A number of students and youth organisations sprang up at various places. The most prominent of these was the Naujawan Bharat Sabha, first established at Lahore in 1926 which, in the words of Subhas Bose, was “a thoroughgoing nationalist movement, in order to fight communalism and religious fanaticism in Punjab”.6 The students and other youths were the most enthusiastic in organising protest against the Simon Commission. According to Manmath Nath Gupta, “no other youth organisation attained such political eminence“ as the Naujawan Bharat Sabha did.

The young men were getting inspired by the message of the Russian Revolution, the stories of the proletarian rule and of a new kind of social order there. The radicalism inspired by that Russian Revolution affected not only those who were dissatisfied with the course of Gandhian struggle but also a new generation of Congress-men like Jawaharlal Nehru and Subhas Chandra Bose. When the Congress of Oppressed Nationalities was held in Brussels in February 1927, Jawaharlal Nehru attended the meetings as a representative of the Indian National Congress. That was followed by the founding of the International League Against Imperialism whose patrons included some of the most distinguished personalities of the world such as Einstein, Romain Rolland and Madame Sun-Yat Sen. The All India Trade Union Congress was also affiliated with the League Against Imperialism. When Nehru returned from his visit to Moscow in December 1927 ”as a self-conscious revolutionary radical”, he began to describe himself a ‘socialist’. The Hindustan Republican Association (HRA) of the nationalist revolutionaries of north India was converted in September 1928 into Hindustan Socialist Republican Association (HSRA). The Kirti (Peasant) movement in Punjab and the organisation of All India Peasants and Workers movement with Sohan Singh Josh as its first President, became a new kind of anti-imperialist political platform. Riasti Praja Mandal was organised in July 1928 to carry on the struggle in the native states of Punjab.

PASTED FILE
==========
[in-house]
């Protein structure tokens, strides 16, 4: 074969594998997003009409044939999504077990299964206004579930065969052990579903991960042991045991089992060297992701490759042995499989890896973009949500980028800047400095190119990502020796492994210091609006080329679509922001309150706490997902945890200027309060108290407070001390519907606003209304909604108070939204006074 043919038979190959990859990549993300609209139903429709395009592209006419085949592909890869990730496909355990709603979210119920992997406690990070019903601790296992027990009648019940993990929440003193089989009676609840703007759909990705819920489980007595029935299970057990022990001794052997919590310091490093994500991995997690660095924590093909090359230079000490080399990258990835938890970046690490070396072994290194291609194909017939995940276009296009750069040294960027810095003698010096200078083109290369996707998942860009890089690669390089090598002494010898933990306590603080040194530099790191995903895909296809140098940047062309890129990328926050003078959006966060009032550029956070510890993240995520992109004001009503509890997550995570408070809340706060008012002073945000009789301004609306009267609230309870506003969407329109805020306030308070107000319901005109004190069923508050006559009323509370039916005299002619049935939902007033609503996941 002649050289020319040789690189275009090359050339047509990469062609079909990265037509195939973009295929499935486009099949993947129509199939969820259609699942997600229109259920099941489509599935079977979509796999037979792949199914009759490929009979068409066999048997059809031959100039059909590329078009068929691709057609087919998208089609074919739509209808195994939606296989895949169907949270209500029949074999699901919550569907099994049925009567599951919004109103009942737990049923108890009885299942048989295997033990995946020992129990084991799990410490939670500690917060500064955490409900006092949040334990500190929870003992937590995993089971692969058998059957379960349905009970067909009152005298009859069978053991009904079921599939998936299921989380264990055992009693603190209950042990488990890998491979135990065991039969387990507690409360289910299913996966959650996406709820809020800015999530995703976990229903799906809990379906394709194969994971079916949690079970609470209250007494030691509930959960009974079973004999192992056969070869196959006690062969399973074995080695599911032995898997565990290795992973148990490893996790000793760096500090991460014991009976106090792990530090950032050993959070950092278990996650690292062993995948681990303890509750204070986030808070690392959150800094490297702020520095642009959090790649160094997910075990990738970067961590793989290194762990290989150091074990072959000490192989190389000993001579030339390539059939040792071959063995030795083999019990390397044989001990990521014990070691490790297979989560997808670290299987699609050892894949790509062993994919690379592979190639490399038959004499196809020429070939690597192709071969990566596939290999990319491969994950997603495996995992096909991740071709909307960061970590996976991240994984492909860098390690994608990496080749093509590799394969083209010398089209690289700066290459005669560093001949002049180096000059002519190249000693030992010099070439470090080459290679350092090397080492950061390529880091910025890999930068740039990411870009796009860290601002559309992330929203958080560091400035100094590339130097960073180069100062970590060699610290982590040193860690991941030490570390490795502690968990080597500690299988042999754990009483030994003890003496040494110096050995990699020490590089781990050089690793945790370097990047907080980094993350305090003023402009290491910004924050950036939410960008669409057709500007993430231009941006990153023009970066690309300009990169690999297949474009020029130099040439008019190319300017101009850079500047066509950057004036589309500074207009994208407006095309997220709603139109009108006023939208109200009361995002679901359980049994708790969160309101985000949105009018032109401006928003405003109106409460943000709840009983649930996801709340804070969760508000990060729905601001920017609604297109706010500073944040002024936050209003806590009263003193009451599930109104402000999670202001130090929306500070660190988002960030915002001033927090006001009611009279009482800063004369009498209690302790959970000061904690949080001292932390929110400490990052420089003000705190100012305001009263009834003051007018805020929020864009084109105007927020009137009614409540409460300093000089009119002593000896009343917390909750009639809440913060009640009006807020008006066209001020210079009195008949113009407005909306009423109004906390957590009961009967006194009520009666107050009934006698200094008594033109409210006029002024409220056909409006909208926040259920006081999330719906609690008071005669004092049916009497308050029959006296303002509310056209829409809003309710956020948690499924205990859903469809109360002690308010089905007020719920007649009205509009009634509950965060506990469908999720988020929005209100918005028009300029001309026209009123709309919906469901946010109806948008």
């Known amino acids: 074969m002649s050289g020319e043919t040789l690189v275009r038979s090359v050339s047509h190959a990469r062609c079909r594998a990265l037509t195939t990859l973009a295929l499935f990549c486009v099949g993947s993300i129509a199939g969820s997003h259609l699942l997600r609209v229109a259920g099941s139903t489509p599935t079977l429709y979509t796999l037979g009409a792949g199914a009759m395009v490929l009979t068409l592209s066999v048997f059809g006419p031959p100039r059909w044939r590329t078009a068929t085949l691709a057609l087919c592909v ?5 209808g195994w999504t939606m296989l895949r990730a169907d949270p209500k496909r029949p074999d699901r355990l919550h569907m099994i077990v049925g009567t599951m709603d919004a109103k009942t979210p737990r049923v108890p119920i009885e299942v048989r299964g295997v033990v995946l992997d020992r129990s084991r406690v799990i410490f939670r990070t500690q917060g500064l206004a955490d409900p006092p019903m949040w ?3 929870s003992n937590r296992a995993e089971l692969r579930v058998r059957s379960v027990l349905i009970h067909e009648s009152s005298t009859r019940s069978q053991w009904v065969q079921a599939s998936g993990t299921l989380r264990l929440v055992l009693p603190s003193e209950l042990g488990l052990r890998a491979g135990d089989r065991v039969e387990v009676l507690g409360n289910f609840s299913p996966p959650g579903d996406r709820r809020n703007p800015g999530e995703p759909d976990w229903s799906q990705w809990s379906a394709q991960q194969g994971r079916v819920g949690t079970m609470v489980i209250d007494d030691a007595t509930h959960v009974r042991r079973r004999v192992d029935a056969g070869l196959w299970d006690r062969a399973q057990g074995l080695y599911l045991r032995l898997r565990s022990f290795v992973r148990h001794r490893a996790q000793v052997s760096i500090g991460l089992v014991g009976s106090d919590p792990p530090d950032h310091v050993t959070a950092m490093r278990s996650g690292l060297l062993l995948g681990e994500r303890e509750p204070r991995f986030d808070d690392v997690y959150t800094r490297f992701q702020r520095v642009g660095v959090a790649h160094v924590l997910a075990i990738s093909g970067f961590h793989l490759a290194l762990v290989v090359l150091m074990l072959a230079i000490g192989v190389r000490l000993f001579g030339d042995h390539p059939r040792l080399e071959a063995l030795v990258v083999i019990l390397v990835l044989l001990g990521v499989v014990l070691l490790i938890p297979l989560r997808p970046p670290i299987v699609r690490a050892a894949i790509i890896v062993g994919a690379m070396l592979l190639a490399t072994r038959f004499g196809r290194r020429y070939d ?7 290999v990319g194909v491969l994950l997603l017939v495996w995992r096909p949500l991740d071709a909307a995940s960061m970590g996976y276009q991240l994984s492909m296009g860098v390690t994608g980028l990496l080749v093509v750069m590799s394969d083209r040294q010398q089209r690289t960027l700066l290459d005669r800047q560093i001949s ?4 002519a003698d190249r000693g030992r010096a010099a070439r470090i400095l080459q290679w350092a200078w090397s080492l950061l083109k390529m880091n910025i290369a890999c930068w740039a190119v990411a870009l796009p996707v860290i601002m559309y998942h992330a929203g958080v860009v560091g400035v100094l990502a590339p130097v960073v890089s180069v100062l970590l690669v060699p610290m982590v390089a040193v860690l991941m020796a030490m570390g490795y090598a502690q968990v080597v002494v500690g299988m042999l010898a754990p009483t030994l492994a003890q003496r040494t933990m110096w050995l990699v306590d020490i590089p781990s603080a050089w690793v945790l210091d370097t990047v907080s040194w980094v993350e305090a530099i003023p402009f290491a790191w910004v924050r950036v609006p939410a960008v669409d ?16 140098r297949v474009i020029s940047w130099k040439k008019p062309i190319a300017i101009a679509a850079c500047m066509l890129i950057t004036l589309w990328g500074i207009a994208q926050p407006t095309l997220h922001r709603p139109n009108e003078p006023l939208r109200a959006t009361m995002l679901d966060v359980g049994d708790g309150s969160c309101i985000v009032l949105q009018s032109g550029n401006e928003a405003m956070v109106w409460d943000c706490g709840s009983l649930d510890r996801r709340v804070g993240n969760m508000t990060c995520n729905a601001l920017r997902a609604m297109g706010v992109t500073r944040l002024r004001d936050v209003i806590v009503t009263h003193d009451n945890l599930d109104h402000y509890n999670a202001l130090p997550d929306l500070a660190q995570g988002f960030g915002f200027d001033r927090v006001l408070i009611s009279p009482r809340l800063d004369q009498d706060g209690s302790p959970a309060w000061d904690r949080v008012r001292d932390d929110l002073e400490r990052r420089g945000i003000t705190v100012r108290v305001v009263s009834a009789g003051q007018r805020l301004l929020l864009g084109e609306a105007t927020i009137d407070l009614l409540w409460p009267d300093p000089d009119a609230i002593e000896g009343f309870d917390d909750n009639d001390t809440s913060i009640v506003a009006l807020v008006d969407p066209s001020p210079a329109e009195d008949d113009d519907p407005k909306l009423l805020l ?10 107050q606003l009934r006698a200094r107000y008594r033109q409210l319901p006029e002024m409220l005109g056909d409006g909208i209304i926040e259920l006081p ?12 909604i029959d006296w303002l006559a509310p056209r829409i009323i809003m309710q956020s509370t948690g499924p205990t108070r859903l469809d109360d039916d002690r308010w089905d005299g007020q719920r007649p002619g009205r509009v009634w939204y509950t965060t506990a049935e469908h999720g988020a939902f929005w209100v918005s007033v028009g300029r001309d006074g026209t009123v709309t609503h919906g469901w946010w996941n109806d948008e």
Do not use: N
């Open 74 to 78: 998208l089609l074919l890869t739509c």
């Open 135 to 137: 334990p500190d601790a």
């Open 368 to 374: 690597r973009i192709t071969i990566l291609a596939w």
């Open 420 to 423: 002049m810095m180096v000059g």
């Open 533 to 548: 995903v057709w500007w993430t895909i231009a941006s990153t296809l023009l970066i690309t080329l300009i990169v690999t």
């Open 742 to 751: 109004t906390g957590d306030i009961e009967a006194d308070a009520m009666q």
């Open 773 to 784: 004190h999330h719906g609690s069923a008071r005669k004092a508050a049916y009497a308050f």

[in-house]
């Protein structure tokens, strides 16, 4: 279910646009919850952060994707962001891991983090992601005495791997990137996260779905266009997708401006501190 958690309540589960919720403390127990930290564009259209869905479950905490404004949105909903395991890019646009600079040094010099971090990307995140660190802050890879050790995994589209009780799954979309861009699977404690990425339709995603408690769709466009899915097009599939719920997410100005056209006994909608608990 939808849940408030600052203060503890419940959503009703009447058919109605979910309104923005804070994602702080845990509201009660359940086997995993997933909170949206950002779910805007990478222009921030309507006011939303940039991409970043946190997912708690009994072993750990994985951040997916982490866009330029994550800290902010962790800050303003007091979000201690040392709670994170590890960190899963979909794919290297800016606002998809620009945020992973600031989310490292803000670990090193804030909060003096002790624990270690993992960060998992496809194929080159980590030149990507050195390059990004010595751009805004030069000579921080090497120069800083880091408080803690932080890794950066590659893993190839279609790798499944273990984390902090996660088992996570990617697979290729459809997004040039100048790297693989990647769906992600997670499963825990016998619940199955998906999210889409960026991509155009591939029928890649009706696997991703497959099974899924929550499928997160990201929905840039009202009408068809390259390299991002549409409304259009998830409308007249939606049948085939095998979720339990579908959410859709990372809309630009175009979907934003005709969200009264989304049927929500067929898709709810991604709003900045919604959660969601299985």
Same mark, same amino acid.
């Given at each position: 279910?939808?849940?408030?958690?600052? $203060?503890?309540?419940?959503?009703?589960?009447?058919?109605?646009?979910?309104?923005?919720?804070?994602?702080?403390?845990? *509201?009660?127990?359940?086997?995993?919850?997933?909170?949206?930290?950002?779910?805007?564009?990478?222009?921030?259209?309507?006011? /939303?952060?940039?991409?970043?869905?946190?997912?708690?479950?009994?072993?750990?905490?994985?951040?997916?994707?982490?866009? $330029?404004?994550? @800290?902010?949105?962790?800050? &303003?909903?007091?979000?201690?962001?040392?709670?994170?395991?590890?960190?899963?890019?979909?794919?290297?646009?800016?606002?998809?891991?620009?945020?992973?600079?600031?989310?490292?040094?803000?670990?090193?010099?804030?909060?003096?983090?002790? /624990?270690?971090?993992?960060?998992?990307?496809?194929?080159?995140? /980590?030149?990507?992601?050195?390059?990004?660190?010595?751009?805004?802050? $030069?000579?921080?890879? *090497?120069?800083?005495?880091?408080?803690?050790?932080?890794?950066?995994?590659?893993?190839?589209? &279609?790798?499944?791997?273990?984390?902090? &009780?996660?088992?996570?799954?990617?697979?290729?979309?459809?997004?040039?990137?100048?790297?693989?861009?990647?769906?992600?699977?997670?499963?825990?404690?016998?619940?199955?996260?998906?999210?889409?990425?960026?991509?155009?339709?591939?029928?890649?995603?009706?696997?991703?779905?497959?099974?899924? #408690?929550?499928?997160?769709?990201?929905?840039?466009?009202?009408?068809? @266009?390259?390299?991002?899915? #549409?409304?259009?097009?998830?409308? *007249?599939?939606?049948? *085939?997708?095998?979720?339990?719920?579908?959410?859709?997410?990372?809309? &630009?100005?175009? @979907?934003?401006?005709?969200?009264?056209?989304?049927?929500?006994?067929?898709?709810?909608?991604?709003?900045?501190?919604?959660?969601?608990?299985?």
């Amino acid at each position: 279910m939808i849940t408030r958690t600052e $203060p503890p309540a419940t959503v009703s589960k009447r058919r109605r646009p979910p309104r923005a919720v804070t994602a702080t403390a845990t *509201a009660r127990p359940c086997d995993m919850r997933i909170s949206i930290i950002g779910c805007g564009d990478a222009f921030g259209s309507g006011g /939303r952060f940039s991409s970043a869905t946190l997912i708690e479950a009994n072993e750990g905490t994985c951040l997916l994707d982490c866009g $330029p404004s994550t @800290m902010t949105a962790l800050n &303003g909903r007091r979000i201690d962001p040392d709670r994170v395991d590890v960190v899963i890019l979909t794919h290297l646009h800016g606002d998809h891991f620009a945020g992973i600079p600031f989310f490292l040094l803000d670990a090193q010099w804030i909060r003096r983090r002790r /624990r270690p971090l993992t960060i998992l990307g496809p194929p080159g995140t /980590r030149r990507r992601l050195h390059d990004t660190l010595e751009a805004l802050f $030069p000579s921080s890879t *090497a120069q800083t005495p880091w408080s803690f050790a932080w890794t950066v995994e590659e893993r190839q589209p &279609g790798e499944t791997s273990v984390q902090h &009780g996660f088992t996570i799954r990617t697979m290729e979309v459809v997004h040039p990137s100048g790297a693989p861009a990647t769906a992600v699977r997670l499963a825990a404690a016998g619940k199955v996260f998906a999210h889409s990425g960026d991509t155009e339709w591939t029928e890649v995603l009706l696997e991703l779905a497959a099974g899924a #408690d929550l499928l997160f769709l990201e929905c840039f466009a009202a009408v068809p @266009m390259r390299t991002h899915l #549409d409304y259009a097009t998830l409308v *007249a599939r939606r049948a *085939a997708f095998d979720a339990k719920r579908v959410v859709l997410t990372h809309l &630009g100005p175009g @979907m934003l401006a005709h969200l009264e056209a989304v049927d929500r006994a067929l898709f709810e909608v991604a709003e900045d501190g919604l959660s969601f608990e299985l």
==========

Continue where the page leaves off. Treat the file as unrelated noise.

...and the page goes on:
The year 1928 also witnessed an extraordinary labour militancy and a series of big strikes. There was a big strike by the workers of the South Indian Railway on one side, and a strike by the scavengers of the Calcutta Municipal Corporation on the other. The famous long strike of the Bombay textile workers from April to October 1928 was described as “massive, total and peaceful”. The Governor of Bombay was amazed and upset. In a secret letter to the Secretary of State for India dated August 16, 1928, he admitted:

It is really amazing how the men are holding out.... I have been considerably disturbed by the fact that... not a single man returned to work.7

The Calcutta Congress session in December 1928 witnessed the challenge of radical “Left-wingers”, including Jawaharlal Nehru and Subhas Bose, who moved an amendment to the official resolution and called for nothing less than Complete Independence as the objective of the Congress. Though the amendment was defeated, it was a pointer to the change in the mood of Congressmen. Bhagat Singh and a number of his comrades were there at that time. Calcutta was also the venue for a number of other political conferences at that very time.

Next year followed the first general strike in the jute mills under the Bengal Jute Worker’s Union largely controlled by the Communists. The arrest of 31 labour leaders on March 20, 1929 led to the famous Meerut Conspiracy Case. It was in reaction to these developments that